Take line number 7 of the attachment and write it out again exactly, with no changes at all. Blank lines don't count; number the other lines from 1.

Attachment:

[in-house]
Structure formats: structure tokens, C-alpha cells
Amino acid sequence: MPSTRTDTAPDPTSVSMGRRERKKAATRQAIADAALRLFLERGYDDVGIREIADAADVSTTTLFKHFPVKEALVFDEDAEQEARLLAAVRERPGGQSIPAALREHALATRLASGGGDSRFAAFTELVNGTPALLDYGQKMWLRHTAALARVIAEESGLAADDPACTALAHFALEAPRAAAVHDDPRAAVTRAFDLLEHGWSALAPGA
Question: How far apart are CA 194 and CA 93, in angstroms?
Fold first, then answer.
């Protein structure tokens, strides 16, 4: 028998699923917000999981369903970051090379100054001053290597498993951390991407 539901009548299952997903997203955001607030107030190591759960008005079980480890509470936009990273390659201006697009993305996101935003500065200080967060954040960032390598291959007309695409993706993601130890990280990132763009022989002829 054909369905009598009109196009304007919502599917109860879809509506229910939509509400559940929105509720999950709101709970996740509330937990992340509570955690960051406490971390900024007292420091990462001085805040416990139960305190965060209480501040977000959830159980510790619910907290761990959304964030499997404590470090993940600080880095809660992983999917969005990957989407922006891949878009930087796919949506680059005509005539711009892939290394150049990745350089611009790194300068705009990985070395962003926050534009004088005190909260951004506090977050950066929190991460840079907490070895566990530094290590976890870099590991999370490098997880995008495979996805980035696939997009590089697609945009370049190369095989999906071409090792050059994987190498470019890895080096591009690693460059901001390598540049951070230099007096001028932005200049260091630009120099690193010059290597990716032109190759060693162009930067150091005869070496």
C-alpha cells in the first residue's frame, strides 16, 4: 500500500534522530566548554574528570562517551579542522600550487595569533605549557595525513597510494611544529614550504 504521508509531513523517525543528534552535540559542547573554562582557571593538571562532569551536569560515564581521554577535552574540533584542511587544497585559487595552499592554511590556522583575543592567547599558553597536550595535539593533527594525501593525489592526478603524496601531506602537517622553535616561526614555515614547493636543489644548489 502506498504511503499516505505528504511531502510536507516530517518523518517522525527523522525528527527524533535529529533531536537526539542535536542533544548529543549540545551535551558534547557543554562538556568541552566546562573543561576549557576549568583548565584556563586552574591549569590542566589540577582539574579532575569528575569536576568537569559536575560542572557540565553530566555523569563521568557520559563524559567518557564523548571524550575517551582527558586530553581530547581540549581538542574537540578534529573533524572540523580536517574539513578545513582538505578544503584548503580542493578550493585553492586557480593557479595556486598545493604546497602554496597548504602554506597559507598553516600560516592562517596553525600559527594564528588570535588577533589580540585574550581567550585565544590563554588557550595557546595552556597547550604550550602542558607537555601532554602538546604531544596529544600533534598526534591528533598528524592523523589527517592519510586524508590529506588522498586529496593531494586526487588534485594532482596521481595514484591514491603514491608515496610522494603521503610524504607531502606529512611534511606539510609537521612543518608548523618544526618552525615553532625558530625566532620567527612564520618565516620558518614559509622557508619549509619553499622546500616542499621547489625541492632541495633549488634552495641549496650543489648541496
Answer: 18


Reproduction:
C-alpha cells in the first residue's frame, strides 16, 4: 500500500534522530566548554574528570562517551579542522600550487595569533605549557595525513597510494611544529614550504 504521508509531513523517525543528534552535540559542547573554562582557571593538571562532569551536569560515564581521554577535552574540533584542511587544497585559487595552499592554511590556522583575543592567547599558553597536550595535539593533527594525501593525489592526478603524496601531506602537517622553535616561526614555515614547493636543489644548489 502506498504511503499516505505528504511531502510536507516530517518523518517522525527523522525528527527524533535529529533531536537526539542535536542533544548529543549540545551535551558534547557543554562538556568541552566546562573543561576549557576549568583548565584556563586552574591549569590542566589540577582539574579532575569528575569536576568537569559536575560542572557540565553530566555523569563521568557520559563524559567518557564523548571524550575517551582527558586530553581530547581540549581538542574537540578534529573533524572540523580536517574539513578545513582538505578544503584548503580542493578550493585553492586557480593557479595556486598545493604546497602554496597548504602554506597559507598553516600560516592562517596553525600559527594564528588570535588577533589580540585574550581567550585565544590563554588557550595557546595552556597547550604550550602542558607537555601532554602538546604531544596529544600533534598526534591528533598528524592523523589527517592519510586524508590529506588522498586529496593531494586526487588534485594532482596521481595514484591514491603514491608515496610522494603521503610524504607531502606529512611534511606539510609537521612543518608548523618544526618552525615553532625558530625566532620567527612564520618565516620558518614559509622557508619549509619553499622546500616542499621547489625541492632541495633549488634552495641549496650543489648541496